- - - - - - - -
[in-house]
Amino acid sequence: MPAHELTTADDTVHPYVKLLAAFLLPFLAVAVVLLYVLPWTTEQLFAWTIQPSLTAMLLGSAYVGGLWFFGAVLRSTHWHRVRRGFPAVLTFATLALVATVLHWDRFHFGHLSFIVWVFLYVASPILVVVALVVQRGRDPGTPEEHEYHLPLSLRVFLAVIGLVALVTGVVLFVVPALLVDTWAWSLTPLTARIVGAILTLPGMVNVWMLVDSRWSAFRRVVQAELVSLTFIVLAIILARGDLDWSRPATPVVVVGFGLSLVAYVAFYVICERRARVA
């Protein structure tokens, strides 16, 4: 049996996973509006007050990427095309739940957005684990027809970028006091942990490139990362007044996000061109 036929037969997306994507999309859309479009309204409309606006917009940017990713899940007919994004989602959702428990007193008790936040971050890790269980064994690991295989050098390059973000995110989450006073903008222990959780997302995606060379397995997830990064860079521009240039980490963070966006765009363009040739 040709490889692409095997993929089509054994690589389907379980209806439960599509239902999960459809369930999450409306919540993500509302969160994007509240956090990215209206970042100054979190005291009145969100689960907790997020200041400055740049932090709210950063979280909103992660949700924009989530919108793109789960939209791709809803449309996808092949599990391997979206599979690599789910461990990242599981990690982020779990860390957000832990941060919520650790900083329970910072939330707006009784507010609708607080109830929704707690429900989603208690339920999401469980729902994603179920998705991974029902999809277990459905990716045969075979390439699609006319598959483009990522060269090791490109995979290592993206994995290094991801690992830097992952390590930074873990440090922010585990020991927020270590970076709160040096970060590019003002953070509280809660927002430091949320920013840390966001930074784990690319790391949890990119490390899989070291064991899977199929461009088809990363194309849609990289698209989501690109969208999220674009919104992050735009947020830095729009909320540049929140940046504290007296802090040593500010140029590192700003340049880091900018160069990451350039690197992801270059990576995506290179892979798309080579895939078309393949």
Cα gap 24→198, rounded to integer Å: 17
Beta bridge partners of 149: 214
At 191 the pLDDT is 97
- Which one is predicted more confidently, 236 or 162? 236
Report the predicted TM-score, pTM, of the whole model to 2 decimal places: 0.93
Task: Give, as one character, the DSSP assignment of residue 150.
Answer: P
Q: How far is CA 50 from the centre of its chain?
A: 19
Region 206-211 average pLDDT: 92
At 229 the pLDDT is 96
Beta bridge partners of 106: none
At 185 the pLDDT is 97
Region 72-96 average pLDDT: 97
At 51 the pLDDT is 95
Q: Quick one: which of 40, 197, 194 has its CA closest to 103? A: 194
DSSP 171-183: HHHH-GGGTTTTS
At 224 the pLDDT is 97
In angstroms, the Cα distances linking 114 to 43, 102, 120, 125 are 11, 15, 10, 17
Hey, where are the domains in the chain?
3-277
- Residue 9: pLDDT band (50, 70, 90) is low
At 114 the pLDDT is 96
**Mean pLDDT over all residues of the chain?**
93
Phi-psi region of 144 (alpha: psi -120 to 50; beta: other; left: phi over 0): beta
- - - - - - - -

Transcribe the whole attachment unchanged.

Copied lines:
[in-house]
Amino acid sequence: MPAHELTTADDTVHPYVKLLAAFLLPFLAVAVVLLYVLPWTTEQLFAWTIQPSLTAMLLGSAYVGGLWFFGAVLRSTHWHRVRRGFPAVLTFATLALVATVLHWDRFHFGHLSFIVWVFLYVASPILVVVALVVQRGRDPGTPEEHEYHLPLSLRVFLAVIGLVALVTGVVLFVVPALLVDTWAWSLTPLTARIVGAILTLPGMVNVWMLVDSRWSAFRRVVQAELVSLTFIVLAIILARGDLDWSRPATPVVVVGFGLSLVAYVAFYVICERRARVA
């Protein structure tokens, strides 16, 4: 049996996973509006007050990427095309739940957005684990027809970028006091942990490139990362007044996000061109 036929037969997306994507999309859309479009309204409309606006917009940017990713899940007919994004989602959702428990007193008790936040971050890790269980064994690991295989050098390059973000995110989450006073903008222990959780997302995606060379397995997830990064860079521009240039980490963070966006765009363009040739 040709490889692409095997993929089509054994690589389907379980209806439960599509239902999960459809369930999450409306919540993500509302969160994007509240956090990215209206970042100054979190005291009145969100689960907790997020200041400055740049932090709210950063979280909103992660949700924009989530919108793109789960939209791709809803449309996808092949599990391997979206599979690599789910461990990242599981990690982020779990860390957000832990941060919520650790900083329970910072939330707006009784507010609708607080109830929704707690429900989603208690339920999401469980729902994603179920998705991974029902999809277990459905990716045969075979390439699609006319598959483009990522060269090791490109995979290592993206994995290094991801690992830097992952390590930074873990440090922010585990020991927020270590970076709160040096970060590019003002953070509280809660927002430091949320920013840390966001930074784990690319790391949890990119490390899989070291064991899977199929461009088809990363194309849609990289698209989501690109969208999220674009919104992050735009947020830095729009909320540049929140940046504290007296802090040593500010140029590192700003340049880091900018160069990451350039690197992801270059990576995506290179892979798309080579895939078309393949």
Cα gap 24→198, rounded to integer Å: 17
Beta bridge partners of 149: 214
At 191 the pLDDT is 97
- Which one is predicted more confidently, 236 or 162? 236
Report the predicted TM-score, pTM, of the whole model to 2 decimal places: 0.93
Task: Give, as one character, the DSSP assignment of residue 150.
Answer: P
Q: How far is CA 50 from the centre of its chain?
A: 19
Region 206-211 average pLDDT: 92
At 229 the pLDDT is 96
Beta bridge partners of 106: none
At 185 the pLDDT is 97
Region 72-96 average pLDDT: 97
At 51 the pLDDT is 95
Q: Quick one: which of 40, 197, 194 has its CA closest to 103? A: 194
DSSP 171-183: HHHH-GGGTTTTS
At 224 the pLDDT is 97
In angstroms, the Cα distances linking 114 to 43, 102, 120, 125 are 11, 15, 10, 17
Hey, where are the domains in the chain?
3-277
- Residue 9: pLDDT band (50, 70, 90) is low
At 114 the pLDDT is 96
**Mean pLDDT over all residues of the chain?**
93
Phi-psi region of 144 (alpha: psi -120 to 50; beta: other; left: phi over 0): beta